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The right to normalcy
Published in Al-Ahram Weekly on 10 - 07 - 2008

How can current legislation provide equal rights for the disabled? Reem Leila seeks an answer
While providing equal rights for all citizens, current legislation does not include sufficient provisions for the effective inclusion of the disabled in social, economic and recreational activities. This was the focus of a two-day conference on "Media and Citizens with disabilities" organised by the National Council for Childhood and Motherhood (NCCM). The gathering was held under the auspices of NCCM Chairperson Mrs Suzanne Mubarak and attended by NCCM Secretary-General Mushira Khattab, Minister of Manpower and Migration Aisha Abdel-Hadi, UN Regional Advisor on disabled issues Sheikha Hessa Bint Khalifa Al-Thani.
The conference was a forum for people with disabilities to convey their experiences first hand stories, and also played movies dedicated to children and adults with disabilities.
There are few places in Egypt where disabled children can learn to cope with their disabilities. For the most part, families with disabled children have little or no support, and the social stigma associated with disability can leave families isolated from their communities. The daily lives of millions of people suffering various forms of disability is challenged by "accessibility" and lack of adequate space to express themselves and contribute to their self and community development.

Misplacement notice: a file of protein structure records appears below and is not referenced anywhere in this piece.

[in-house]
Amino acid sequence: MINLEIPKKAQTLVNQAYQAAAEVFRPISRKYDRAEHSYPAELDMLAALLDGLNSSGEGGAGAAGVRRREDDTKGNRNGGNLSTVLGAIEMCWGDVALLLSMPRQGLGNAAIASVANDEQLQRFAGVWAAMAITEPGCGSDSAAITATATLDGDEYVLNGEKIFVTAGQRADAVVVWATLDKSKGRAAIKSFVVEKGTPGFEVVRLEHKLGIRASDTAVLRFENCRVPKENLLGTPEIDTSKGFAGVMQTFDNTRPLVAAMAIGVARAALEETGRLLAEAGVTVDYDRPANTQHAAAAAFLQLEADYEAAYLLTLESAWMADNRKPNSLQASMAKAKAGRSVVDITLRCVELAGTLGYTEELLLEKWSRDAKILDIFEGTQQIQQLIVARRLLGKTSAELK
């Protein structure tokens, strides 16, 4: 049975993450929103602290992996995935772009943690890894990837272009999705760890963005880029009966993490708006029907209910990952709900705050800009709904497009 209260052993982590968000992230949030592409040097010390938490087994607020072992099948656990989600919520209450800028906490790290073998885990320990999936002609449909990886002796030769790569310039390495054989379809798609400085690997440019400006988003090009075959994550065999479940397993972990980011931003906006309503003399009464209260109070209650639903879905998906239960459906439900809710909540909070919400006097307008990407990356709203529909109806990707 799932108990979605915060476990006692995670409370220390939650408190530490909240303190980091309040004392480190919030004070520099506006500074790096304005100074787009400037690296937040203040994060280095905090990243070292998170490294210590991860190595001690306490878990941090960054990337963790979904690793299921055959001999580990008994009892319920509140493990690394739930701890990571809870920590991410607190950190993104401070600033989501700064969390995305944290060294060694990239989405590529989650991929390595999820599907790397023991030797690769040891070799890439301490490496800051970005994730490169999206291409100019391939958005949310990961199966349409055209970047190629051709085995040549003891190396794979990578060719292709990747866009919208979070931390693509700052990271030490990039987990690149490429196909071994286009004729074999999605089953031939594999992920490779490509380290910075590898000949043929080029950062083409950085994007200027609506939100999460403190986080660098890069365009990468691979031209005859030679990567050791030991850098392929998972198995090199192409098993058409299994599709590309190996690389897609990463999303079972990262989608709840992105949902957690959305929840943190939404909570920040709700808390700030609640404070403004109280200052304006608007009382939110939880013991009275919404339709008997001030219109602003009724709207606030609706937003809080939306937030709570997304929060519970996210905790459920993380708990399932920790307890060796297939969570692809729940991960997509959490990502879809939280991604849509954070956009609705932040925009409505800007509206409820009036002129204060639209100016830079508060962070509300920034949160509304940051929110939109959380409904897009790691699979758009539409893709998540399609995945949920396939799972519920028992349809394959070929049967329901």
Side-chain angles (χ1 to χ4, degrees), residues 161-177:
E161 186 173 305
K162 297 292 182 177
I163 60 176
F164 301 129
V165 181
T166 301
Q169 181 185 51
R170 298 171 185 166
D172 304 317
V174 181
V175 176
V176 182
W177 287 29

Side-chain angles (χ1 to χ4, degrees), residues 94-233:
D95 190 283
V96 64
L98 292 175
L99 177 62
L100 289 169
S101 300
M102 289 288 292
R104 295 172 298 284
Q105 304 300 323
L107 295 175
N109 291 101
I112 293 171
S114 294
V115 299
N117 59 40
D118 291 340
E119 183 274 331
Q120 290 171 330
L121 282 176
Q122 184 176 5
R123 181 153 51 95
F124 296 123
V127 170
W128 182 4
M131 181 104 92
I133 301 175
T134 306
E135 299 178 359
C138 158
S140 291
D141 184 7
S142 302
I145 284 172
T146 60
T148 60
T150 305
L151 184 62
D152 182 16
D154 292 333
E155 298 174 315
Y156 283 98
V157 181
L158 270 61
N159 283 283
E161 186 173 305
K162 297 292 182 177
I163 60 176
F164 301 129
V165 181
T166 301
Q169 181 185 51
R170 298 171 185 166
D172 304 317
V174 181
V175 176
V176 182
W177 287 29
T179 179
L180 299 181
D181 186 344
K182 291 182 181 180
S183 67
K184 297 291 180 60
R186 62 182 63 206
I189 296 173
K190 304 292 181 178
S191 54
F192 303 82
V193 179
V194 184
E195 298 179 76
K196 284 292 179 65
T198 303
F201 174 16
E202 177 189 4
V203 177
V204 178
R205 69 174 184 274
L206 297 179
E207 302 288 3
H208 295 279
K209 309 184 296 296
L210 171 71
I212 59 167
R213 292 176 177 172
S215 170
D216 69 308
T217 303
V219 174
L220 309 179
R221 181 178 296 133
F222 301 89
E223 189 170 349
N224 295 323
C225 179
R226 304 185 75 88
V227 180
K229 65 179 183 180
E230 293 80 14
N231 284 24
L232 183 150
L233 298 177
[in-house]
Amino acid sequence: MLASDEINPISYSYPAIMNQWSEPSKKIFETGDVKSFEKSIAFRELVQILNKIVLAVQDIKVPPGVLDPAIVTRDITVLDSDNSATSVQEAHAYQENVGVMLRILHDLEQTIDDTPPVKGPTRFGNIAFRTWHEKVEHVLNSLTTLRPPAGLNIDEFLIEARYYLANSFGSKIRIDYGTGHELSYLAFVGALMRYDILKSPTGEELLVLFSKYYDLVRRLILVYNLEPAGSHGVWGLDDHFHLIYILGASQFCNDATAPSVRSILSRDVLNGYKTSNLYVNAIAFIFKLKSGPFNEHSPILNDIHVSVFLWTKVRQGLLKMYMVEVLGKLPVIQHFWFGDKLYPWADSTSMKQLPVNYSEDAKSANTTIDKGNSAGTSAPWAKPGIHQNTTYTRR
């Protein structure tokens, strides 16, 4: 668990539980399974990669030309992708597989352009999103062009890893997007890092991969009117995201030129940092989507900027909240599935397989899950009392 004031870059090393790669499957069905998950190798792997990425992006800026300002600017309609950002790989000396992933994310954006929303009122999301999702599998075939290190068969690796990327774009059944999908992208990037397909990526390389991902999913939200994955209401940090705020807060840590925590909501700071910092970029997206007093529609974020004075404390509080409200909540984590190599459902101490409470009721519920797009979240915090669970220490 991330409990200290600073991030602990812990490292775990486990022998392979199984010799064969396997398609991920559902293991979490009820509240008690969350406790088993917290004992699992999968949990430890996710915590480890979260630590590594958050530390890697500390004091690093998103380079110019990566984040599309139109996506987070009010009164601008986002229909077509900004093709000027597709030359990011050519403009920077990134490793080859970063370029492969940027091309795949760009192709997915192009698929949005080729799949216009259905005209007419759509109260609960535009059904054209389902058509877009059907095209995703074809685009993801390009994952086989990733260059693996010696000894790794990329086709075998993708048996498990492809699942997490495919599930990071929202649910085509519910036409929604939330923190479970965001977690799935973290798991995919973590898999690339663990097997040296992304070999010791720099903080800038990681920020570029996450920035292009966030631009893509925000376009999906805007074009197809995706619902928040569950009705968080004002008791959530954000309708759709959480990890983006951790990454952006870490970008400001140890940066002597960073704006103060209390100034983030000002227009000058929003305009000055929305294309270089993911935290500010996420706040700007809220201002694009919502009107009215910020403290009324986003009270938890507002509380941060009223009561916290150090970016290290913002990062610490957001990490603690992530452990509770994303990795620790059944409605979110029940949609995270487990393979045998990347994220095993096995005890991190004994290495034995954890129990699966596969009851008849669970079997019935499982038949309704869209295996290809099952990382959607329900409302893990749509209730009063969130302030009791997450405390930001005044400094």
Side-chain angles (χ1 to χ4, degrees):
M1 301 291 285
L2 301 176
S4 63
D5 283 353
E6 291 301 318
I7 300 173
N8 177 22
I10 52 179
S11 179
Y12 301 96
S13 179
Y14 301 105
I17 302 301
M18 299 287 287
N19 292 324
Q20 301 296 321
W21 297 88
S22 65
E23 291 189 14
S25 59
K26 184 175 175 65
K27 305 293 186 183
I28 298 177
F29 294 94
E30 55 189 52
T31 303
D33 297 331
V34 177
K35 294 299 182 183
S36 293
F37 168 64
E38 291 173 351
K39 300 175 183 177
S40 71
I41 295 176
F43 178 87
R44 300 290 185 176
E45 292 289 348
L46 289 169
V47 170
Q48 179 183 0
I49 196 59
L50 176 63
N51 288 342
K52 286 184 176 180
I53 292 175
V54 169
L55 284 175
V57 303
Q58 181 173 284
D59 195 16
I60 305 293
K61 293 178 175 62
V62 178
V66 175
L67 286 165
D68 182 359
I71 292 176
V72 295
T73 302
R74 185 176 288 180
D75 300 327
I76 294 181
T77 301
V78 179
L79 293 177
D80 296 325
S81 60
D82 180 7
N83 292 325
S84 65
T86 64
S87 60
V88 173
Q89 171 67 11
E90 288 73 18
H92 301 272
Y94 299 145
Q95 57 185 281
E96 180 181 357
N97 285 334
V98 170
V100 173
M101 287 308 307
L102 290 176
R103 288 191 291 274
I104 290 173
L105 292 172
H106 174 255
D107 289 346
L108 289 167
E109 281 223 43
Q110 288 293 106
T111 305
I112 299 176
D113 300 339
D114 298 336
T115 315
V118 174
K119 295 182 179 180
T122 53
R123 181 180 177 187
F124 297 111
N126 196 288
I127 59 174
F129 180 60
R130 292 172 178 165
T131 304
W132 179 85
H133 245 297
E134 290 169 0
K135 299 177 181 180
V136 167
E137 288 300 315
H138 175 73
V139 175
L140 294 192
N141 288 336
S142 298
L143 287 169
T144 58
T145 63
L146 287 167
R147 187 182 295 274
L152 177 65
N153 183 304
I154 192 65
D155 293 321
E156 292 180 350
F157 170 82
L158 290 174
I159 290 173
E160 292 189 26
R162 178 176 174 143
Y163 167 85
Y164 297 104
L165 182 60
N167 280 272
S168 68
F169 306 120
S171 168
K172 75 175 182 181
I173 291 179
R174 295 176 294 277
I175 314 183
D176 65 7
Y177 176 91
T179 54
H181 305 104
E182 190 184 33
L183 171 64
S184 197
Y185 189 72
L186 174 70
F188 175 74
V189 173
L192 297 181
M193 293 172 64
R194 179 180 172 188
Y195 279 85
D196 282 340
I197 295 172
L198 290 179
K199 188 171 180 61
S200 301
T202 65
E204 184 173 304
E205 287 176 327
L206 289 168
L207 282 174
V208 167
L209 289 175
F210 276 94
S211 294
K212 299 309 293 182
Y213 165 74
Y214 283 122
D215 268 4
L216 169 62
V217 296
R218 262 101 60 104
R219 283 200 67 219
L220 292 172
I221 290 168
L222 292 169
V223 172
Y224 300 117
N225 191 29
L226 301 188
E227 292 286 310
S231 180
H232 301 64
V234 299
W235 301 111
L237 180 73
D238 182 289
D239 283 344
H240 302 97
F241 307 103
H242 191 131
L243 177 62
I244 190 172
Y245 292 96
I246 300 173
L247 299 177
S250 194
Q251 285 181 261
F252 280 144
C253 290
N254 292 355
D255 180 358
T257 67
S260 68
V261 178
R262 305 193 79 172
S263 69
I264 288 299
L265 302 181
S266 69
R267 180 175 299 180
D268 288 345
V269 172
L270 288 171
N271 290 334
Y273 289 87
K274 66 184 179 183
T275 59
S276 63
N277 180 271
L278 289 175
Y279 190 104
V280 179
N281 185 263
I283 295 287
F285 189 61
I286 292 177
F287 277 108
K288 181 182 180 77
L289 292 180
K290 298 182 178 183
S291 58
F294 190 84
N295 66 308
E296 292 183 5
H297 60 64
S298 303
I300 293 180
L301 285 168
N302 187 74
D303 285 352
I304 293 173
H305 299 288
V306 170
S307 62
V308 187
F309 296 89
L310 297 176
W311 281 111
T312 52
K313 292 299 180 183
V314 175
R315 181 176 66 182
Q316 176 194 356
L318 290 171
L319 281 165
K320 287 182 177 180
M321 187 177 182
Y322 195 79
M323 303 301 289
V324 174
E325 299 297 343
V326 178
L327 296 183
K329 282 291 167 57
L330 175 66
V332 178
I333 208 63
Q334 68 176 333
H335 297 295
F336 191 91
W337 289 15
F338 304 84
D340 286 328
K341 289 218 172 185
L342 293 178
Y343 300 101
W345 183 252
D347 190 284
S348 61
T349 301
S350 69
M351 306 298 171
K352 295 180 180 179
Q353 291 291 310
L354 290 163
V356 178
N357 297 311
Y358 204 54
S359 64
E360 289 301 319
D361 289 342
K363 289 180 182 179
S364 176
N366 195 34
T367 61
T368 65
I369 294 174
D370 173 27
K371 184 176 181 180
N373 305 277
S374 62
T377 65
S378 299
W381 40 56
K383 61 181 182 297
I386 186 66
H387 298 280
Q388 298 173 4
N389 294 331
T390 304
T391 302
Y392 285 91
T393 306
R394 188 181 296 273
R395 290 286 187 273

"We are currently drafting a new disability law which will foster principles of inclusion and empowerment of disabled citizens, to ensure that they are no longer a marginalised sector in our society," stated Khattab. Addressing participants, Khattab announced that 10 per cent of Egypt's population or almost eight million citizens are with disabilities. Some 74 per cent of these suffer mental disabilities, seven per cent suffer visual impairment, four per cent hearing impairment, and 15 per cent physical disability.
Accordingly, Khattab urged that sessions must include demands to the international and national communities for the protection of the rights and well- being of disabled children. The national community should fulfil its commitment towards children with physical or mental disabilities, and shoulder its responsibilities to reinforce the basis of international partnership for development, she noted.
The conference is considered an opportunity for representatives to address some key challenges facing governments and make use of exchanging views. Participants believe that children who suffer either mental or physical disabilities deserve to be in a quality learning environment, where access to technology and information networks is part of their future.
According to Sheikha Hessa, today we must be honest in our appraisal of progress made for children by identifying both weaknesses and untapped resources. Above all, Sheikha Hessa believes that low health awareness leading to late disability detection, and inaccessible rehabilitation programmes still heavily impact the disabled child's life opportunities as well as prospects of progress.
Children from poor families in many countries of the region are likely to have less access to healthcare, insufficient health facilities, and poor training for medical personnel working with disabled children. Moreover, lack of rehabilitative services for disabled children and insufficient provisions to designate public space, public institutions and transportation services allowing children with disabilities to have access to services and move freely and safely top the UN regional office's agenda.